Recommended Reading: The Free World

Recently I had the pleasure of being one of the three judges of the Amazon.ca First Novel Award. I accepted the role when asked by my friend Stuart Woods, the editor of Quill & Quire, before the Amazon link became a major embarrassment. (Amazon is throwing its weight around, and if publishers don’t automatically agree with the new, worse terms they’re offered, their books are automatically de-listed – in their electronic form, at least – from all Amazon websites. That has happened to my book, and to all books published by ECW. There are other ways, of course, to get our books electronically, but doing business with bullies is not good.)

The judging process put me in touch with five fine books, by authors who were mostly new to me. In every single case I was glad to be introduced to the book, and enjoyed reading it. The judging process, expertly arranged by Stuart Woods, brought pleasant contact with Nathan Whitlock, whom I knew slightly and whose work I admired, and my old friend Kelly Duffin. I suspect that with the variety of opinions we brought to the (metaphorical) table we could have spent a week putting the five books in order, but after a full discussion it was clear that we all agreed on The Free World by David Bezmozgis as the winner.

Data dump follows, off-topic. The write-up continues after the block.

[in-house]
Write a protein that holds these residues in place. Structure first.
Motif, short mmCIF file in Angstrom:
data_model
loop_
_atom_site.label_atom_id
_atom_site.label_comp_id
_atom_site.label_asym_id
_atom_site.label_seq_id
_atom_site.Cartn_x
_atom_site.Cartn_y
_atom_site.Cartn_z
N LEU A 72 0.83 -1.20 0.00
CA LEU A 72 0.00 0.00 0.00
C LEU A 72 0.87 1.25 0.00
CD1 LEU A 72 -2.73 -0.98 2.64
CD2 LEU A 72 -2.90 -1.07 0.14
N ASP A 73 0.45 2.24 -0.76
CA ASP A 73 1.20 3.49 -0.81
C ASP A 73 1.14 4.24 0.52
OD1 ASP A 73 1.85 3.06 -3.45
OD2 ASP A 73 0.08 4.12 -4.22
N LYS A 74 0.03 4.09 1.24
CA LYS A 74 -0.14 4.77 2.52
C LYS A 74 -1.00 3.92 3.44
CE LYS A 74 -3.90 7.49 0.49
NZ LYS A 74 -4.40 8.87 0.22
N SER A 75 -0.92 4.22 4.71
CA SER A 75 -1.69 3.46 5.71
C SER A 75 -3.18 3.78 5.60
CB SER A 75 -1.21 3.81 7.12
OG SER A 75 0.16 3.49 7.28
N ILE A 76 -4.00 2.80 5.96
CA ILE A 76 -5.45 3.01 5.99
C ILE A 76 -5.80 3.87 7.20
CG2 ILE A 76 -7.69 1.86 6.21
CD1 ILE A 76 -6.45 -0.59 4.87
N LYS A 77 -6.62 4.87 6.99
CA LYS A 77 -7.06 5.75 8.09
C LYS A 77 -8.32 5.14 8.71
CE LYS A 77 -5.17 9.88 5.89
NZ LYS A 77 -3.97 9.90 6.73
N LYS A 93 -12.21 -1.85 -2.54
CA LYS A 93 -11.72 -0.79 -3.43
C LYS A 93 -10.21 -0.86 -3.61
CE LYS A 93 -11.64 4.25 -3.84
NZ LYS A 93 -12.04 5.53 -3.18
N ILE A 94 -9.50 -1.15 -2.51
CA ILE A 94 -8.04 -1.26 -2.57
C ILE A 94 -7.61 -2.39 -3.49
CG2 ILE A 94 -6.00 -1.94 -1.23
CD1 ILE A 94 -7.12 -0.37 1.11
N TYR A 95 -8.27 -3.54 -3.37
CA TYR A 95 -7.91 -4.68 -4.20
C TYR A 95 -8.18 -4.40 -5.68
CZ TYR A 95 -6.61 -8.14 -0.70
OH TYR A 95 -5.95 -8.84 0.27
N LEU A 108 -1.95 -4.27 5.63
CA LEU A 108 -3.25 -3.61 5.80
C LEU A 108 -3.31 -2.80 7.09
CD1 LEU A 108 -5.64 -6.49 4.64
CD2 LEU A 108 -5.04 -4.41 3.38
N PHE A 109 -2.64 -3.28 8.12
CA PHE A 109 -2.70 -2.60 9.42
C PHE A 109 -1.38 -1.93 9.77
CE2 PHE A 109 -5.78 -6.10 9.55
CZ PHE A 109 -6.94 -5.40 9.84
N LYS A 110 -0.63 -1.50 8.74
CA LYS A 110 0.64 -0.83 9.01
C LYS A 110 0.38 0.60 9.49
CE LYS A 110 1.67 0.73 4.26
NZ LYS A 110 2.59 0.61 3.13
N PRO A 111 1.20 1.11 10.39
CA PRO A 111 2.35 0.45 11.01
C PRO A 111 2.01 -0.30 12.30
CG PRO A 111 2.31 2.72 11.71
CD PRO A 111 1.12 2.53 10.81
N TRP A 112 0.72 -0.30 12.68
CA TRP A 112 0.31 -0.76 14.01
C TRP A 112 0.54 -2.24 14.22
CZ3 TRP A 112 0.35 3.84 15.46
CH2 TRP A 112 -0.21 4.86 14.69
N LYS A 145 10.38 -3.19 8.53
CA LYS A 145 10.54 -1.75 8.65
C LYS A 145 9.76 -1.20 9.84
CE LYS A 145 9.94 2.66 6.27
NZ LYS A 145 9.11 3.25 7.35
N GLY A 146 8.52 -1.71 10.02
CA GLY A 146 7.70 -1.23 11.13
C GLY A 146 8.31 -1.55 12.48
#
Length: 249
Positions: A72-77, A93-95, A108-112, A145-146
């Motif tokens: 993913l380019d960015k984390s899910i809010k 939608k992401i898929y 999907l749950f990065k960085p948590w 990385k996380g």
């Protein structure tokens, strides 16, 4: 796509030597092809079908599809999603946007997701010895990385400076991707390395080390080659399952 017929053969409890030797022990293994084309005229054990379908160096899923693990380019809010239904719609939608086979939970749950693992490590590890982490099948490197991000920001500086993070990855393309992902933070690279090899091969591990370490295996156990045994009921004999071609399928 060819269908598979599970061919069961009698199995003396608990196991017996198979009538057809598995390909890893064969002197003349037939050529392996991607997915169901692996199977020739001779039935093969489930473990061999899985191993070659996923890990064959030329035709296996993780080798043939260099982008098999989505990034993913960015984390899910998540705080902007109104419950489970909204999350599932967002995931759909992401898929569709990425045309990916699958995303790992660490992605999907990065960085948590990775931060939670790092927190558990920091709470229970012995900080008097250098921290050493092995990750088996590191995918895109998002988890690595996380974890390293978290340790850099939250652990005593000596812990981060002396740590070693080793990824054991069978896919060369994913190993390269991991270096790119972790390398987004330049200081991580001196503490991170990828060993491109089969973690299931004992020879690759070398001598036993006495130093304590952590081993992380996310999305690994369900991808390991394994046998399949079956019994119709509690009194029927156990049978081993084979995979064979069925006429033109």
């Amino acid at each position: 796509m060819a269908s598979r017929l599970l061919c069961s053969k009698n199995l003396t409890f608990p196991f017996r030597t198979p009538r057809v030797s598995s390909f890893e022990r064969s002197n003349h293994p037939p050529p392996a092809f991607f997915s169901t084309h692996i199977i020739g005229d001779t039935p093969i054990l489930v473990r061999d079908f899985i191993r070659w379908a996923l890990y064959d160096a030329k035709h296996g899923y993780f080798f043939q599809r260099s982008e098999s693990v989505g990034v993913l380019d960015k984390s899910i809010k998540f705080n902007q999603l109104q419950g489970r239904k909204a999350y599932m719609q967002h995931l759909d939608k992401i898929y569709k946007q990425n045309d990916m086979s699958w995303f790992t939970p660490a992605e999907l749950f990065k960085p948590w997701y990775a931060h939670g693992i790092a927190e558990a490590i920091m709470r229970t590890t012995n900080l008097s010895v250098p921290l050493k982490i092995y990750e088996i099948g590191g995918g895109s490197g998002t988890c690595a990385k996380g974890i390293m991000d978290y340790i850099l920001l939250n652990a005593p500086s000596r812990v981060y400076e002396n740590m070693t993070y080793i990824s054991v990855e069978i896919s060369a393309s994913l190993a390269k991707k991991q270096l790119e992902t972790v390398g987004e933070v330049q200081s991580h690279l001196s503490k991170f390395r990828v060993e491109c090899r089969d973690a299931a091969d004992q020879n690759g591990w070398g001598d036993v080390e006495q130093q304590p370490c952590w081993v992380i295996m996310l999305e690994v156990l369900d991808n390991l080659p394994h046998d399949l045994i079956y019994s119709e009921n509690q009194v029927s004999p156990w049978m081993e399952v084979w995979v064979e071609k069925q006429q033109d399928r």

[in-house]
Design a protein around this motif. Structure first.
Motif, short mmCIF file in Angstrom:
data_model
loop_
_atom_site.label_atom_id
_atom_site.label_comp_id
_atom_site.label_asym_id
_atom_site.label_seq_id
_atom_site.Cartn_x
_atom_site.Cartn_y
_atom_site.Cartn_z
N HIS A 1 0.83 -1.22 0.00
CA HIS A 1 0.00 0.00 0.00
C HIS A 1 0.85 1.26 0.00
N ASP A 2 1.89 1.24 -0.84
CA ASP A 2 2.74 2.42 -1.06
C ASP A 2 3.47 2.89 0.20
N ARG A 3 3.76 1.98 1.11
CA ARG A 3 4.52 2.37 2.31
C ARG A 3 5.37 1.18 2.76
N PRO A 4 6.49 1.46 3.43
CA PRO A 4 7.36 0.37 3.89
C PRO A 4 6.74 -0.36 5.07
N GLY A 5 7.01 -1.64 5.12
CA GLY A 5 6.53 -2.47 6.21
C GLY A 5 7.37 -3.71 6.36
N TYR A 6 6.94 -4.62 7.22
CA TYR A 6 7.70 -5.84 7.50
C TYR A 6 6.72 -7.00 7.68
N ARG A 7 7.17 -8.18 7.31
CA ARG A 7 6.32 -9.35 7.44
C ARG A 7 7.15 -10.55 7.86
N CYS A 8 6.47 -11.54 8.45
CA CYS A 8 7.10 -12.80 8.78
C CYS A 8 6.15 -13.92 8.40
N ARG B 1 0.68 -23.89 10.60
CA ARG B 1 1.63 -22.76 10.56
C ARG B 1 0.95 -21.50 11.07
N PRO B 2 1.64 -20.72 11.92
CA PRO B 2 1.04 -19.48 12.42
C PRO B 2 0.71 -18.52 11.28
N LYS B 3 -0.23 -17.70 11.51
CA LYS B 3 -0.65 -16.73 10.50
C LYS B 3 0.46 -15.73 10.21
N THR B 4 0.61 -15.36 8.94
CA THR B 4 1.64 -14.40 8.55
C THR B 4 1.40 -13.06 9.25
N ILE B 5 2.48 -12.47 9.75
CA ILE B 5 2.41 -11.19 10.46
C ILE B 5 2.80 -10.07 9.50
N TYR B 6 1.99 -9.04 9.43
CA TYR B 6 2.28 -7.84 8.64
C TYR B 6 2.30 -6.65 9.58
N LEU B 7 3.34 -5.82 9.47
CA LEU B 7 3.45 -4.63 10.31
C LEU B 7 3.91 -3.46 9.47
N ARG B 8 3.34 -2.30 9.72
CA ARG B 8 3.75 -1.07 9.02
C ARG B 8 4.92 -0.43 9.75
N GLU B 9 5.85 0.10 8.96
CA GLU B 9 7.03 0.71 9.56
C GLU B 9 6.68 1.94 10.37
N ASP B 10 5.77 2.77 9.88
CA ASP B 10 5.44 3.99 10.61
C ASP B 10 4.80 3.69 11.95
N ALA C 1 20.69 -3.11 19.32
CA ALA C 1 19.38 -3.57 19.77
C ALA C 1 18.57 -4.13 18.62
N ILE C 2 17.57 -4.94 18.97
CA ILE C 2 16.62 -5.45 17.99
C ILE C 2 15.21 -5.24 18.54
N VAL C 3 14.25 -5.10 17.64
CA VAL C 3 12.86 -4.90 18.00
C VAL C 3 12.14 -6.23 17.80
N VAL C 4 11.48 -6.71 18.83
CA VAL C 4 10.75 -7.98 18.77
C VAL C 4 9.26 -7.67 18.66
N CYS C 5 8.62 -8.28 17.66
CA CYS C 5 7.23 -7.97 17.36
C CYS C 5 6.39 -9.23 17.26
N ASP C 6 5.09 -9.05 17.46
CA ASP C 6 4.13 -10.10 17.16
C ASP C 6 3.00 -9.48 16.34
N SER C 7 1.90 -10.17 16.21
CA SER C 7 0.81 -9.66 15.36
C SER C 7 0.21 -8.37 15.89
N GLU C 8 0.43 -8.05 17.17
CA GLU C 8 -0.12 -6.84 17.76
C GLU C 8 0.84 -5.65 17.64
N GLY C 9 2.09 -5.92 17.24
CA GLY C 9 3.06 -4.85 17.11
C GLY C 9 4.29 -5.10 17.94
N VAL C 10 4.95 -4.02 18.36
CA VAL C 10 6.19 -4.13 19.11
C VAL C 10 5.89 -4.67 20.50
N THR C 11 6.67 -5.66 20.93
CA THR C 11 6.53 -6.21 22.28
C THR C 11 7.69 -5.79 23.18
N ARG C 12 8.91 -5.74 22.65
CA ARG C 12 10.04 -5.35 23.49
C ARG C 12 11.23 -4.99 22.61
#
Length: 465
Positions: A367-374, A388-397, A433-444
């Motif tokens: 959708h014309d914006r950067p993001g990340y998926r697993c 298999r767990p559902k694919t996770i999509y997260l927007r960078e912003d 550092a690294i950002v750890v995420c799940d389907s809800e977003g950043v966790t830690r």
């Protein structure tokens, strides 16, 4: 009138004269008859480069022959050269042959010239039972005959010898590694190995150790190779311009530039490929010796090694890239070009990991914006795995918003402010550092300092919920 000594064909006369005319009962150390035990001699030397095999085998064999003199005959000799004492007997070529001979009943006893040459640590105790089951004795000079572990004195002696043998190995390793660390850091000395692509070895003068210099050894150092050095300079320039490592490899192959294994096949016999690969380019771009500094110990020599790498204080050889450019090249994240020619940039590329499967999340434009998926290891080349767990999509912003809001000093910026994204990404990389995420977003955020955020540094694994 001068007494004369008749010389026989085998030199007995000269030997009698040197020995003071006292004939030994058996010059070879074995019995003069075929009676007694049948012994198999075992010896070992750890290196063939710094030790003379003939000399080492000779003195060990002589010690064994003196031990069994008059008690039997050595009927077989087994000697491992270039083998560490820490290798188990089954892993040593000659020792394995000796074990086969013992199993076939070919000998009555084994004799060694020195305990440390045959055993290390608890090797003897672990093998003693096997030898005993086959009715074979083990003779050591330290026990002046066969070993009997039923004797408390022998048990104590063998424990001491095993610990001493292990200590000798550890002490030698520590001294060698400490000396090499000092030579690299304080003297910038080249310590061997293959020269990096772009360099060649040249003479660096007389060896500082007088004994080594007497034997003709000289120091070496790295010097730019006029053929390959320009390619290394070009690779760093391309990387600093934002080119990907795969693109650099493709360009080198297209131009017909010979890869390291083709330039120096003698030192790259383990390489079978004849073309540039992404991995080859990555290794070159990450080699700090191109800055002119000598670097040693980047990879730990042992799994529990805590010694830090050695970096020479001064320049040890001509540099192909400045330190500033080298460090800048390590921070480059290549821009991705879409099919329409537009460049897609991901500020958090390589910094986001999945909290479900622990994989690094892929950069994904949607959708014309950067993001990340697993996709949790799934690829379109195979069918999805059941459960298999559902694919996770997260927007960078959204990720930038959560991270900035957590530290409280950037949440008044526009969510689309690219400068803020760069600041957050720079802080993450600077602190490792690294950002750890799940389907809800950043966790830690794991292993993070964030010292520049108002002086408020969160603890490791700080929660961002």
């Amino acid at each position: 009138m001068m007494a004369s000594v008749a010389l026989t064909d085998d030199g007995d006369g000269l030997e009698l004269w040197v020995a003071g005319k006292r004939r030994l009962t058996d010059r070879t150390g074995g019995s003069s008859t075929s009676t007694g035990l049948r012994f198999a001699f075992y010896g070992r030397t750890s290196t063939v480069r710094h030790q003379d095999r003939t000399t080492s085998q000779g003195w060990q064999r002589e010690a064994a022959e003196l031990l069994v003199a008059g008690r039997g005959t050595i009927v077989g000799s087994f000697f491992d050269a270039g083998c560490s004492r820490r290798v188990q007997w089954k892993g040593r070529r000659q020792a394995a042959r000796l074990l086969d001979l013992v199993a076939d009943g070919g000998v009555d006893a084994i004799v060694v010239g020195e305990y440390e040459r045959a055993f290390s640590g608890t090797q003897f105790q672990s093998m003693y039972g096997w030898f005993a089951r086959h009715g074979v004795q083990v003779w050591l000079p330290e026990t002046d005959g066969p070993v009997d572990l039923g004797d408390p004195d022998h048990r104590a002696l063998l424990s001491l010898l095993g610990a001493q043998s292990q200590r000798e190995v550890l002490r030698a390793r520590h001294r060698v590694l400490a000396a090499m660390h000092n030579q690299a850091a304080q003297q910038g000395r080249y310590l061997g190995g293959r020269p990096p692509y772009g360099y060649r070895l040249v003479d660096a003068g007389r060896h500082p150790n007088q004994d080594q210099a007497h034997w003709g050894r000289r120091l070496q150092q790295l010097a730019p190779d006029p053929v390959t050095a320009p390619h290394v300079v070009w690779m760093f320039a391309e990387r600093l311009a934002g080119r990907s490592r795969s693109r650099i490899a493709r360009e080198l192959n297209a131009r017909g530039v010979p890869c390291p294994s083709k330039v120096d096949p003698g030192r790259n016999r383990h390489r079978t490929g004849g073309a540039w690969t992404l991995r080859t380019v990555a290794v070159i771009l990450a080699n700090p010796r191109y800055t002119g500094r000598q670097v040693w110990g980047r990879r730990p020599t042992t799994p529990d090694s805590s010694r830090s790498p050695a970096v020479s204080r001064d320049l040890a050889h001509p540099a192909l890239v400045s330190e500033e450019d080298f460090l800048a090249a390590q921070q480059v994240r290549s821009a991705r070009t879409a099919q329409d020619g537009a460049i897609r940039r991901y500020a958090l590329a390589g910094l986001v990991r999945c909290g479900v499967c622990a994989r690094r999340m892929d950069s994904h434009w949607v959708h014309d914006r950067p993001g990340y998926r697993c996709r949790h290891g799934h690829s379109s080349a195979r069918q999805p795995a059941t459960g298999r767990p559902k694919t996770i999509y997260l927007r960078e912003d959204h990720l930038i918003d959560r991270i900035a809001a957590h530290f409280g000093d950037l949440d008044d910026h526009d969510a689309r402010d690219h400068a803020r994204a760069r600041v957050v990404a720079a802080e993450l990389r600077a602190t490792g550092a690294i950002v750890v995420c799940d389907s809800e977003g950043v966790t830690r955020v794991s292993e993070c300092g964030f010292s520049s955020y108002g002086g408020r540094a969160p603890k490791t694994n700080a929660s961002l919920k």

The plot is simple. Three generations of a family of Latvian Jews escape to “the free world” of the title. In this case, that world is Rome, and the life that various refugee organizations offer to people in transit, while they choose their new home, and – after a tense time — are accepted by the officials of that country.

All of the family members adapt to their new life in different ways, including the grandfather who preferred the way things were back home. It’s a very sophisticated piece of fiction and is full of wry humour. (At one point, when an amorous young man suggests a horizontal tree branch as a solution to the lack of a private bedroom, the offended lady retorts, “What are we? Squirrels?” )

I recommend the book without reservation, and look forward to many more fine books coming from David Bezmozgis. But watch out, too, for more fine books from the other nominated authors.

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